White Nose Syndrome (WNS), an often-fatal disease that is ravaging bat populations throughout eastern North America, was positively identified last week within WKU-owned Crumps Cave in northern Warren County near Smiths Grove.

Bat with White-Nose Syndrome/CDC
Bat with White-Nose Syndrome/CDC

Dr. Rick Toomey, Director of the Mammoth Cave International Center for Science and Learning, led a team of National Park Service scientists on a survey of the cave’s bats on Feb. 10. It soon became clear that there was a serious problem when the second bat they investigated had unmistakable signs of the telltale white fungus associated with WNS that can grow on the bats’ faces and other areas of the body.

Of the 53 individual Tri-colored bats (Perimyotis subflavus) observed by the team, 12 had clear signs of WNS. Several big brown bats (Eptesicus fuscus) were also found, but appeared to be healthy.

There is particular concern because the cave is home to a summer colony of federally endangered gray bats (Myotis grisescens). “It was still really hard to actually see it there,” Dr. Chris Groves, Director of WKU’s Crawford Hydrology Laboratory said.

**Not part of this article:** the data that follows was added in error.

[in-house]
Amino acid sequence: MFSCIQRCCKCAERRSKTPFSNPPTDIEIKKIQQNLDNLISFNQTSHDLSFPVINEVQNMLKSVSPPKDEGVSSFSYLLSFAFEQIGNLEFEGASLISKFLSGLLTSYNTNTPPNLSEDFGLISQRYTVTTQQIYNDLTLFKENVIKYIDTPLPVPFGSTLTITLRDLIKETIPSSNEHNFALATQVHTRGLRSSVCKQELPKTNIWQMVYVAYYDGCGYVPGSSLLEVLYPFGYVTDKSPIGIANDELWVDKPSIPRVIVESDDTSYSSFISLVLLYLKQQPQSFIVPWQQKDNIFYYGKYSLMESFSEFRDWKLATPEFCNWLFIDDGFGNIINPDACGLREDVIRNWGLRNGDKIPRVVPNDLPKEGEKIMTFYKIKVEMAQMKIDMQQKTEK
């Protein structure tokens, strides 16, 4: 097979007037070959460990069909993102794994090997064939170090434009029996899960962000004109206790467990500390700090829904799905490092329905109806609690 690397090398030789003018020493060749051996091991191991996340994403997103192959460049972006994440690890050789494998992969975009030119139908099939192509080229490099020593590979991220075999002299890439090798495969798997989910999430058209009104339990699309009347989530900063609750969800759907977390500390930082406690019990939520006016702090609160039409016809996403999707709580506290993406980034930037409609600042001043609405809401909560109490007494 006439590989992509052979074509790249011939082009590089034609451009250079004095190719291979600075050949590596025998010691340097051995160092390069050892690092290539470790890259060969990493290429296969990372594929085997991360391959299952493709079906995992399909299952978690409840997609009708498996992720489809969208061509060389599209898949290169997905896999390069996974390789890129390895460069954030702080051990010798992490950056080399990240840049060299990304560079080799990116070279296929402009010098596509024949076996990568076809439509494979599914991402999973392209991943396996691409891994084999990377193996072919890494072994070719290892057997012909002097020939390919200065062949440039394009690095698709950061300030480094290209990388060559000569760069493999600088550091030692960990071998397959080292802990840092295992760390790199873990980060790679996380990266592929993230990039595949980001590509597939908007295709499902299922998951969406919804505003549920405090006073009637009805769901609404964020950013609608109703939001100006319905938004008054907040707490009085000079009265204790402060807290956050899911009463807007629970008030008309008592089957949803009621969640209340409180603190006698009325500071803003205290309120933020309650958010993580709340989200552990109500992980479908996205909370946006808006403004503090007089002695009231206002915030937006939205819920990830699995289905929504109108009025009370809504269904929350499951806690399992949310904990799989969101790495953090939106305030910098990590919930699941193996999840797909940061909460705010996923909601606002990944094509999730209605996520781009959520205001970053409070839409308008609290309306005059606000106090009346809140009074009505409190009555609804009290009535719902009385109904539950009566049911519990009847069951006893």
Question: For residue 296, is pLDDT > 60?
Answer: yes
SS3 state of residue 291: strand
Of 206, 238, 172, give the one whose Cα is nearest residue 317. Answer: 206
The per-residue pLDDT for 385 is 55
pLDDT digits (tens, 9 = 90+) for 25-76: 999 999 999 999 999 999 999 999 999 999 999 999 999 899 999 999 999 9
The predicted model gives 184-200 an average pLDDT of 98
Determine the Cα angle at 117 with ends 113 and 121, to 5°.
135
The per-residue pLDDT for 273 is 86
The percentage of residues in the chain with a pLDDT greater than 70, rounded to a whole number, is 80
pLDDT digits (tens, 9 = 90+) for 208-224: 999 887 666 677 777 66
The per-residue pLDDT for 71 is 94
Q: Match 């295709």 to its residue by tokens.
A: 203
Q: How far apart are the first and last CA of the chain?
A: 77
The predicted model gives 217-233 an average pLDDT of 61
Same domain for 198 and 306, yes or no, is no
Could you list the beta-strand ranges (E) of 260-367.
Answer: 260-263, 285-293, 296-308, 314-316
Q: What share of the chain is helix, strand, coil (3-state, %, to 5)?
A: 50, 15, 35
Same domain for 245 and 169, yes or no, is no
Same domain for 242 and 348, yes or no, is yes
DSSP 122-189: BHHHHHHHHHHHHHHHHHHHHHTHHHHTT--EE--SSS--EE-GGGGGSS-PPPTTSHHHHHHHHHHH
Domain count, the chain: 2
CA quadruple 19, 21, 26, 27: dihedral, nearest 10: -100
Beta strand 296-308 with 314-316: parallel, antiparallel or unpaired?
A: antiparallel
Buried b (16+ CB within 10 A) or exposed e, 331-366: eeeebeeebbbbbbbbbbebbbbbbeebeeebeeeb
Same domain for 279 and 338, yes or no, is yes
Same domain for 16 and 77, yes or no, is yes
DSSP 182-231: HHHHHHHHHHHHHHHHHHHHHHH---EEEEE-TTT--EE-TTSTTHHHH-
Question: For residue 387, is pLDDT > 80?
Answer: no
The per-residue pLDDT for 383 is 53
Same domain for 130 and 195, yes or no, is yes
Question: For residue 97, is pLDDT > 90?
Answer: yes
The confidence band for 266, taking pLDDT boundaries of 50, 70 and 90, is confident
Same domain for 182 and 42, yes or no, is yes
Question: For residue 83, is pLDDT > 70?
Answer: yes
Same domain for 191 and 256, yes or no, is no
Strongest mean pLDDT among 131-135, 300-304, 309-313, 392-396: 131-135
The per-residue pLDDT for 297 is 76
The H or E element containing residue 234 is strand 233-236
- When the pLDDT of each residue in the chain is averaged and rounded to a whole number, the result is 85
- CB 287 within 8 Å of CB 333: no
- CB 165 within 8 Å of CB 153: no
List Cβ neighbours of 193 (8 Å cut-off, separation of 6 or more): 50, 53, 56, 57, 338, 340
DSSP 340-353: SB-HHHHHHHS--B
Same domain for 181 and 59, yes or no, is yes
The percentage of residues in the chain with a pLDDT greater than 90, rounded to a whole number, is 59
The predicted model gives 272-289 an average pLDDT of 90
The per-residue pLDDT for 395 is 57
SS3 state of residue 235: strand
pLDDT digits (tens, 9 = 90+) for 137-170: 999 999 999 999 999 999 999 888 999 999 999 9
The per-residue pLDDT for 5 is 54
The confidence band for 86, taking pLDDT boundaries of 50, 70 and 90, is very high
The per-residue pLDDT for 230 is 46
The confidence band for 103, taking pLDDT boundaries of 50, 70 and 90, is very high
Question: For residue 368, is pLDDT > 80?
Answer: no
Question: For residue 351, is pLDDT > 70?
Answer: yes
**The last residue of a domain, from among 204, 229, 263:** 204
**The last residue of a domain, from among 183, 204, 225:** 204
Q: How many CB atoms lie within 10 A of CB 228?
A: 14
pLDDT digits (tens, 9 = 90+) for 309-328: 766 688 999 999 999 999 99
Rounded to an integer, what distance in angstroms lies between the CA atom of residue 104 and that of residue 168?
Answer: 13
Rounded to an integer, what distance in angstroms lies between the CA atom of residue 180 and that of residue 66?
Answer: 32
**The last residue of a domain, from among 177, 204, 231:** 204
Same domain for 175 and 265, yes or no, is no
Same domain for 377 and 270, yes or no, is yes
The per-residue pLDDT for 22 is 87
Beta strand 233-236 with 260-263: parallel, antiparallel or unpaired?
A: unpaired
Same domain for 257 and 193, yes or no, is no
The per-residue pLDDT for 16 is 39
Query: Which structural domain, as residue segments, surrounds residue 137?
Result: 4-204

“Since White Nose arrived in Kentucky in 2012, and Mammoth Cave National Park the year after, we have guessed that it’s just a matter of time until it got to Crumps,” he said.

White Nose Syndrome was discovered in a New York cave in 2006, and since then it has spread to at least 25 states and five Canadian Provinces. It is caused by a previously unidentified fungus species. In some places where bats hibernate for the winter, up to 90 percent of individuals have been wiped out. A variety of scientists from different fields are trying to understand the dynamics of WNS and how it might be controlled.